New Kira Real Estate Study on Tenant Termination and Contraction Rights
Have changes in work patterns since the onset of the COVID-19 pandemic been reflected in restructured commercial leases? A new Kira Real Estate Study by Litera used the Kira machine learning-based contract review and analysis platform to look for patterns in commercial leases to determine whether changes to leasing practices are underway.
A secondary literature review shows that no great transformation of leasing practices and office space contraction is currently underway, even in the face of the pandemic-driven changes in work practices. There are, however, signs that some tenants are de-risking their leases by pushing for shorter and more flexible lease terms to build exit strategy options into the leases they negotiate. Some legal experts are advising that tenants negotiate for better termination or contraction rights but that landlords are, in turn, pushing for compensation for such moves in the lease terms.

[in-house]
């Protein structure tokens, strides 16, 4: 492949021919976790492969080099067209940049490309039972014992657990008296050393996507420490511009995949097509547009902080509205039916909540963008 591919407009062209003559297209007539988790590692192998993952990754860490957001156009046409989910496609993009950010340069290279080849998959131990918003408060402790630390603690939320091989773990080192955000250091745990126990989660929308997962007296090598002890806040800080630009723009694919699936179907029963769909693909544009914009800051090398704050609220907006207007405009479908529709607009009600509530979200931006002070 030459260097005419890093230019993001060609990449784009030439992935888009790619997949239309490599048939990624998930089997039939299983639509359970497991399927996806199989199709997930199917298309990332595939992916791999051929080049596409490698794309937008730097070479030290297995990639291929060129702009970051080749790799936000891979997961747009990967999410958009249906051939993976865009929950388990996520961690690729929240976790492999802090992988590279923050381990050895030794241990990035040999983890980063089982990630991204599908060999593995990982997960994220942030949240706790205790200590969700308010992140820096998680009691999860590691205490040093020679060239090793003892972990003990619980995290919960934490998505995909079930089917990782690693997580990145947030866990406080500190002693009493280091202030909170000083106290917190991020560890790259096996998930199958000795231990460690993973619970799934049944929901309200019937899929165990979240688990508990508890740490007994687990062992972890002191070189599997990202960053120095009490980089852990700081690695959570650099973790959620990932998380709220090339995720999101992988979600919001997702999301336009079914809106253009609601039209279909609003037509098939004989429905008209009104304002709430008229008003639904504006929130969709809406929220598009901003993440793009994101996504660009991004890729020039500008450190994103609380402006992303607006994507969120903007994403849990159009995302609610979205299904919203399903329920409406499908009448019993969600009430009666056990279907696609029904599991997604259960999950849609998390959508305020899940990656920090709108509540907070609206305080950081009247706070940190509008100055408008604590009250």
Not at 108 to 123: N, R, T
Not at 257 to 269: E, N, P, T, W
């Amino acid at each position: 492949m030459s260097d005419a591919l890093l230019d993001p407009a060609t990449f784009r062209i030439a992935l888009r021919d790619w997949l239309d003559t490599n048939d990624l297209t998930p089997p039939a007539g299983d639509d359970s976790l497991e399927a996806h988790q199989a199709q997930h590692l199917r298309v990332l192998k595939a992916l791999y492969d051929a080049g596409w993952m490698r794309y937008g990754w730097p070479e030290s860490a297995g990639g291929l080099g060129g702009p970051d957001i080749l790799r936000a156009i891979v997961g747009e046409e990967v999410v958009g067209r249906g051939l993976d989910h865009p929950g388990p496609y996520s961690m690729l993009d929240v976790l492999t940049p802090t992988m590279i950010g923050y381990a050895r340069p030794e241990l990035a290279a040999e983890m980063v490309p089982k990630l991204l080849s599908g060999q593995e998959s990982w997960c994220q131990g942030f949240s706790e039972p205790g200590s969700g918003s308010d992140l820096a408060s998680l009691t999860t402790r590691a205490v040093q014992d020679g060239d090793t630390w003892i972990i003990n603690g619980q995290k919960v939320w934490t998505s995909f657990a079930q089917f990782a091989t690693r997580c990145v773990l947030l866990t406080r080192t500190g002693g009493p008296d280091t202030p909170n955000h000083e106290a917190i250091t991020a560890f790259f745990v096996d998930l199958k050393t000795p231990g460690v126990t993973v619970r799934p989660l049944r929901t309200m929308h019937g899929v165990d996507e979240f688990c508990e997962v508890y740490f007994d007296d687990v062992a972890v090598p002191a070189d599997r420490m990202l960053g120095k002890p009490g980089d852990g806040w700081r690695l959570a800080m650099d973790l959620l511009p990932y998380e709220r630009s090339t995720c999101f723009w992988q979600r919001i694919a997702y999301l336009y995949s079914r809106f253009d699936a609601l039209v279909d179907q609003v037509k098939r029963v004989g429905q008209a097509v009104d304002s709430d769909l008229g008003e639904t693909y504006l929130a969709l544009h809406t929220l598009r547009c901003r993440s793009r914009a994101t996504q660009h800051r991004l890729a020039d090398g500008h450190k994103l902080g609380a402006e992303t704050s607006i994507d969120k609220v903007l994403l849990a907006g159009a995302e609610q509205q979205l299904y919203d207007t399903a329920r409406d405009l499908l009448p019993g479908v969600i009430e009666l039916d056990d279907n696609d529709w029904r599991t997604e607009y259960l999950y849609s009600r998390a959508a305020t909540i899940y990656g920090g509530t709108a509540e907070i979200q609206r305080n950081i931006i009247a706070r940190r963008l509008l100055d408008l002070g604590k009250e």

Findings from Artificial Intelligence Lease Review
When it comes to the actual lease terms being negotiated, however, few signs of a massive shift in practices around termination and contraction rights are evident. This study used the Kira machine learning-based contract review and analysis platform to analyze 200 publicly available leases. The software identified and extracted unilateral tenant termination rights and tenant contraction rights clauses from the leases. The analysis then compared the leases negotiated before the pandemic with those negotiated during the pandemic to see if there were differences.
It found that a slightly smaller percentage of the pandemic-era leases (16%) had unilateral termination rights than the pre-pandemic leases (18%). The fact that the use of tenant termination rights went down in this period suggests that landlords retained their bargaining power in the face of pandemic pressures. A similar pattern emerged for unilateral tenant contraction rights. In both periods, the share of leases with tenant contraction rights remained the same at 25%.
Tenant Termination and Contraction Rights Study
The analysis of the leases suggests that, while the pandemic may have changed the way tenants use the premises they lease, the actual termination and contraction terms negotiated between the parties have not yet undergone significant changes.
The report concludes with recommendations for tenants and landlords as they negotiate new leases in light of ongoing changes in work patterns. The full report, “Tenant Termination and Contraction Rights: A Post-Covid Expansion?” is available for download.